By Alexander Bolton - 08/06/11 11:15 PM EDT
Liberals are growing frustrated with President Obama’s soft response to the Tea Party after fractious negotiations over the debt limit led to the loss of nation’s AAA credit rating on Friday.
Republicans and Democrats have unleashed fusillades of attack against each other in the wake of the announcement but Obama has stayed quiet, frustrating his party’s base.
“It’s hard to see how we avoid a Tea-Party recession if the president who has the biggest megaphone in the country is not willing to speak clearly on the issue,” Justin Ruben, executive director of MoveOn.org, told The Hill in a Saturday afternoon interview.
By accepting the threat of a national default as politically valid, Obama put himself at a major disadvantage in the talks, he said.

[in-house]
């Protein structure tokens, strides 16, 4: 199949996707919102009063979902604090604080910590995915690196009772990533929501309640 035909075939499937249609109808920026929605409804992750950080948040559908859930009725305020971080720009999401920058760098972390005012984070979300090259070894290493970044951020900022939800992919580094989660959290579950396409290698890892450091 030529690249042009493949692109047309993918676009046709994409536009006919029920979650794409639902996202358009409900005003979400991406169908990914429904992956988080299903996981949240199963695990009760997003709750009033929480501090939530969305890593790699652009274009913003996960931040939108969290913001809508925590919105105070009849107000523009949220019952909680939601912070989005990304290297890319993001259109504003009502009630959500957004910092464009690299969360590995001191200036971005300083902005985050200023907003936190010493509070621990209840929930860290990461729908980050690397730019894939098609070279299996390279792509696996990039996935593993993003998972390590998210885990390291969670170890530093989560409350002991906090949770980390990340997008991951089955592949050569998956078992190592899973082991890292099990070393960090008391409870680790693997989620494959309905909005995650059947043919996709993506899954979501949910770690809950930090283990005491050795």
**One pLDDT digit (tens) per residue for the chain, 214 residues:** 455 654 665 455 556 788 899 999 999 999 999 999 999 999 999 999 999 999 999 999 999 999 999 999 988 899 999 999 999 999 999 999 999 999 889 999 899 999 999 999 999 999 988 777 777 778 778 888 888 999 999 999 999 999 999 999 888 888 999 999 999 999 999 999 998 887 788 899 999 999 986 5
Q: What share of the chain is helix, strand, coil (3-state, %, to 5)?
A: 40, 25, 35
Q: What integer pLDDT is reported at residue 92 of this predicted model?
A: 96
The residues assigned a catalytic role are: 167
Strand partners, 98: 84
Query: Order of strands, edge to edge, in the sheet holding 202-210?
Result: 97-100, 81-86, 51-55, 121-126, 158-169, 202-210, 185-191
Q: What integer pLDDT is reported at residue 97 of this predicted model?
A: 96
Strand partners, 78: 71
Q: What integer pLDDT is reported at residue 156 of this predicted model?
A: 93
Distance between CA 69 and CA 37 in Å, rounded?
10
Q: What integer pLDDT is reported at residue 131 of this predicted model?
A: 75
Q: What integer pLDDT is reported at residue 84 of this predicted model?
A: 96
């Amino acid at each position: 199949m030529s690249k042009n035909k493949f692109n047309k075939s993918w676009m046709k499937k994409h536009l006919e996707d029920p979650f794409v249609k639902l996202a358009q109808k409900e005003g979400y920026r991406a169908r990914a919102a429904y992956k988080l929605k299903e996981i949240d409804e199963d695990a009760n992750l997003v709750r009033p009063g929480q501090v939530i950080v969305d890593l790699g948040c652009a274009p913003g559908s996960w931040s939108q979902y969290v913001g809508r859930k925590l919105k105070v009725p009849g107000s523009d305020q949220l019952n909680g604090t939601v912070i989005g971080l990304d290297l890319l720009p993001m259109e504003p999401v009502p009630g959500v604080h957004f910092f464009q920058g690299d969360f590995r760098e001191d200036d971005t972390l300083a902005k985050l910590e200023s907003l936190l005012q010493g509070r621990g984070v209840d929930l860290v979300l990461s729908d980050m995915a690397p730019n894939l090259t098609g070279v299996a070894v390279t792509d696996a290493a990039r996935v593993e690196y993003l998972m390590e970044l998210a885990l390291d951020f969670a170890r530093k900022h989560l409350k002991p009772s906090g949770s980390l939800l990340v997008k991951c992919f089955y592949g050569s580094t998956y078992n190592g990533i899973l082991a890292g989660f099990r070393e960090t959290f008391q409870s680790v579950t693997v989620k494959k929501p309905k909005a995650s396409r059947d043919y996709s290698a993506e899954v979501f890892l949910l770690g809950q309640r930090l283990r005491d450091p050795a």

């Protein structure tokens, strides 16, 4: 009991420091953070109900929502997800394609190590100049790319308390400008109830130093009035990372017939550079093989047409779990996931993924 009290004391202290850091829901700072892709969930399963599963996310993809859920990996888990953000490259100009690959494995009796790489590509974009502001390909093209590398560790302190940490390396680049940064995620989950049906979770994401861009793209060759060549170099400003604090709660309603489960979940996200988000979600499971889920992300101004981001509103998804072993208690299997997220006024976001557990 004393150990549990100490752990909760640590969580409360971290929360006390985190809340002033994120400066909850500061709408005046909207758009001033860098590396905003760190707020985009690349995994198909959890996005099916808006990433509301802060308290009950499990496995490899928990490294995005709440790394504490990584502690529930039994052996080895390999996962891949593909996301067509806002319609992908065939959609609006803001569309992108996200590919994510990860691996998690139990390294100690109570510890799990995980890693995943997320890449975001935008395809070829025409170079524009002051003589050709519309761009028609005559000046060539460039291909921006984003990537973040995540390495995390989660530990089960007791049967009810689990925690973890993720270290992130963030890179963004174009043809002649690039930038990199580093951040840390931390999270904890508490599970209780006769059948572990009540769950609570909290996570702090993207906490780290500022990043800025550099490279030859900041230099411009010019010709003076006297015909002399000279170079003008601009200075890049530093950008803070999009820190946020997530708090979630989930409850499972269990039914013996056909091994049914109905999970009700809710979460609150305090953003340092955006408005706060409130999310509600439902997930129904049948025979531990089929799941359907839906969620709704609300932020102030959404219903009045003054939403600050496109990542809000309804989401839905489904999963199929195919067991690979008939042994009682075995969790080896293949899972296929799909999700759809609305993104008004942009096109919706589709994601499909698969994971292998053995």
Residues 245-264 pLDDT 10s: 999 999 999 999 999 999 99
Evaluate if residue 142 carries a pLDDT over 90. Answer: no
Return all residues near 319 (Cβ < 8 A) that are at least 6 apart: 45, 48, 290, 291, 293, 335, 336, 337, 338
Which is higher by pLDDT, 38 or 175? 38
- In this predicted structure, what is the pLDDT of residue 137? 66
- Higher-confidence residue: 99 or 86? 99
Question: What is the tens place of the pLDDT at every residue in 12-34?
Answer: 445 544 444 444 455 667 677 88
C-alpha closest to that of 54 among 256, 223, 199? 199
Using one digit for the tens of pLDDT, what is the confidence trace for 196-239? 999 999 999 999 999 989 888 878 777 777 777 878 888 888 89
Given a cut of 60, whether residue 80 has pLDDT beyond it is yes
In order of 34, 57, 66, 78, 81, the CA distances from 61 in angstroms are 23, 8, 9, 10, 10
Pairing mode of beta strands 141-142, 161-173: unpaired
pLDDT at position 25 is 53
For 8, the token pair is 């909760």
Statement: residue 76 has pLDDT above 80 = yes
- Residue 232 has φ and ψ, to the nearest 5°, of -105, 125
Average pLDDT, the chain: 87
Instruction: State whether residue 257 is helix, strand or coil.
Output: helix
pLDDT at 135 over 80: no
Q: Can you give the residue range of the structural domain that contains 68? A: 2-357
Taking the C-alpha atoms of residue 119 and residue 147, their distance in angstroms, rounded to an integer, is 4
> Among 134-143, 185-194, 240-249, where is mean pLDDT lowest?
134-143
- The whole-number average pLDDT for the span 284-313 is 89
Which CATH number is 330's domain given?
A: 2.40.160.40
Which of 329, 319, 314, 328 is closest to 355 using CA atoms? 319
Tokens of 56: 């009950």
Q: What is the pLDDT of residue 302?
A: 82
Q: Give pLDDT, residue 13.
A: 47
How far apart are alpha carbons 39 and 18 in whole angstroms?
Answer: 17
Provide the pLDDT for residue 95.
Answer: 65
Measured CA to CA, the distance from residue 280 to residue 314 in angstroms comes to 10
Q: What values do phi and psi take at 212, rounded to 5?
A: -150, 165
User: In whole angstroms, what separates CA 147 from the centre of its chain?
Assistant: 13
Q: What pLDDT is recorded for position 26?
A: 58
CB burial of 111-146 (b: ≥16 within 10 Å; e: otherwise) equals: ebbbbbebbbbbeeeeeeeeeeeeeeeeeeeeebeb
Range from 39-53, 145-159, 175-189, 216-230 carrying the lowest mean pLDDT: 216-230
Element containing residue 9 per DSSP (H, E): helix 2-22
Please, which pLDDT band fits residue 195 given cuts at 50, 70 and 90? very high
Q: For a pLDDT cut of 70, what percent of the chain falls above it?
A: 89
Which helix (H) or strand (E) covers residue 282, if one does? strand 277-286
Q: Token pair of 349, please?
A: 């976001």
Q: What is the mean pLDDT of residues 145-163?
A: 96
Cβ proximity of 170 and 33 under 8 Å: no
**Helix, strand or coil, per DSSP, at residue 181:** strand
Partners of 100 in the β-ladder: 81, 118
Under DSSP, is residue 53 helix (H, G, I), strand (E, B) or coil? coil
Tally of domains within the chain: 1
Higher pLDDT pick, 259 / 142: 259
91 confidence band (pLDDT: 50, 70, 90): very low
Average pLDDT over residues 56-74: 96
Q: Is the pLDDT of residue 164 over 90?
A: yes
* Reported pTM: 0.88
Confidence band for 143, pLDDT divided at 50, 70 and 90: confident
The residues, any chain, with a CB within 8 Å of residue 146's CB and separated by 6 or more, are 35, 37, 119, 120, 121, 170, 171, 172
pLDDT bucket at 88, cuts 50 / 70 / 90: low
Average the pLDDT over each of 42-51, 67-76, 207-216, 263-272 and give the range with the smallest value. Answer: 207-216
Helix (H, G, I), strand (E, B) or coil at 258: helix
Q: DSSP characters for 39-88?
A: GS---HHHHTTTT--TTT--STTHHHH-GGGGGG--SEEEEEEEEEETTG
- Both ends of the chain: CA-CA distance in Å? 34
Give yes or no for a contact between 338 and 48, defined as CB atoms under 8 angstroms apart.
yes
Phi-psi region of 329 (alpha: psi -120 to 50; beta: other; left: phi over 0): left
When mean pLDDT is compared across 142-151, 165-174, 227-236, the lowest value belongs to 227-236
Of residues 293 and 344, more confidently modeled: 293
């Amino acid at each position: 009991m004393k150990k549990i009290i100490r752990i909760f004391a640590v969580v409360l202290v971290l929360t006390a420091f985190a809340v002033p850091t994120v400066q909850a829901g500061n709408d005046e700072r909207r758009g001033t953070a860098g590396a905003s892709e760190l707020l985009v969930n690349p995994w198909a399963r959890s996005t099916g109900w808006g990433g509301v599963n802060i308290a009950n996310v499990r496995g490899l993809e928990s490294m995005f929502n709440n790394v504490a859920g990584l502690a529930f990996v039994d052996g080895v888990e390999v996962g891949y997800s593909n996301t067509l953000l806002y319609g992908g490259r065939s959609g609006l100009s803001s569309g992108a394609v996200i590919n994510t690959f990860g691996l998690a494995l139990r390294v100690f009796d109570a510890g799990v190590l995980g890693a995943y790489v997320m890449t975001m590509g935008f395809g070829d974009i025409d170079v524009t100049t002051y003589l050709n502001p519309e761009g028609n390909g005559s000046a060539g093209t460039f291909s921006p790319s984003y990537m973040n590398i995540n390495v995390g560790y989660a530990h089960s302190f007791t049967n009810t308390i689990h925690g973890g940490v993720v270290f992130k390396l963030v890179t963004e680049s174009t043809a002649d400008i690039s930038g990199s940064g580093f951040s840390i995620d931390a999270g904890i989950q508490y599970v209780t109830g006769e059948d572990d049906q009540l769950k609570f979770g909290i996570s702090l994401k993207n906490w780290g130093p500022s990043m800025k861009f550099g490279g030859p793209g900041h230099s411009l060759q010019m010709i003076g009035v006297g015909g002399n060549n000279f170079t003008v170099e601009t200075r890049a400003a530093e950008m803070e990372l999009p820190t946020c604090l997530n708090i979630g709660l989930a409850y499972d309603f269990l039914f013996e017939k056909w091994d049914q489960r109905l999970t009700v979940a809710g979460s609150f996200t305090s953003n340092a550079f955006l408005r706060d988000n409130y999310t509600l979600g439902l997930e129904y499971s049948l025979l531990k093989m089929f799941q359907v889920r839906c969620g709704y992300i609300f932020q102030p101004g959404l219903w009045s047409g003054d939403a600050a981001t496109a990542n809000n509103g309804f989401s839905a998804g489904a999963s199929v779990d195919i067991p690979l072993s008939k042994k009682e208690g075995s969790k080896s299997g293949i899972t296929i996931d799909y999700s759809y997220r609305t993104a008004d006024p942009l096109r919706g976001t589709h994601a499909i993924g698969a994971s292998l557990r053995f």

“It’s a terrible deal that will destroy jobs and big part of reason is because president accepted the premise that it was okay to hold economy hostage,” Ruben said. “Instead of saying, 'this is outrageous' and ‘You will not threaten the full faith and credit of the U.S.,’ and telling America what the Republicans are doing, he sat down and said, 'let’s bargain' and tried to show he was more reasonable.”
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Ruben said a potential default should have never been within the parameters of the debate.
“That table should not have existed,” he said.
Liberal activists were instrumental to Obama beating Hillary Clinton in the caucus states — which require more opportunities for face-to-face persuasion than larger states — during the 2008 Democratic presidential primary.
MoveOn.org endorsed Obama on Feb. 1, 2008, shortly before Super Tuesday, a crucial round of balloting.
Obama won the nomination by racking up wins — often by large margins — in smaller states with caucus systems, such as Iowa, Colorado, Idaho, Minnesota, North Dakota and Nebraska. Clinton captured large states with primaries such as California, Ohio, New York, Pennsylvania and Texas.
The president has been careful not to blame the Tea Party for the nation’s credit downgrade even though many Democrats and some independent political experts think he could make a strong case.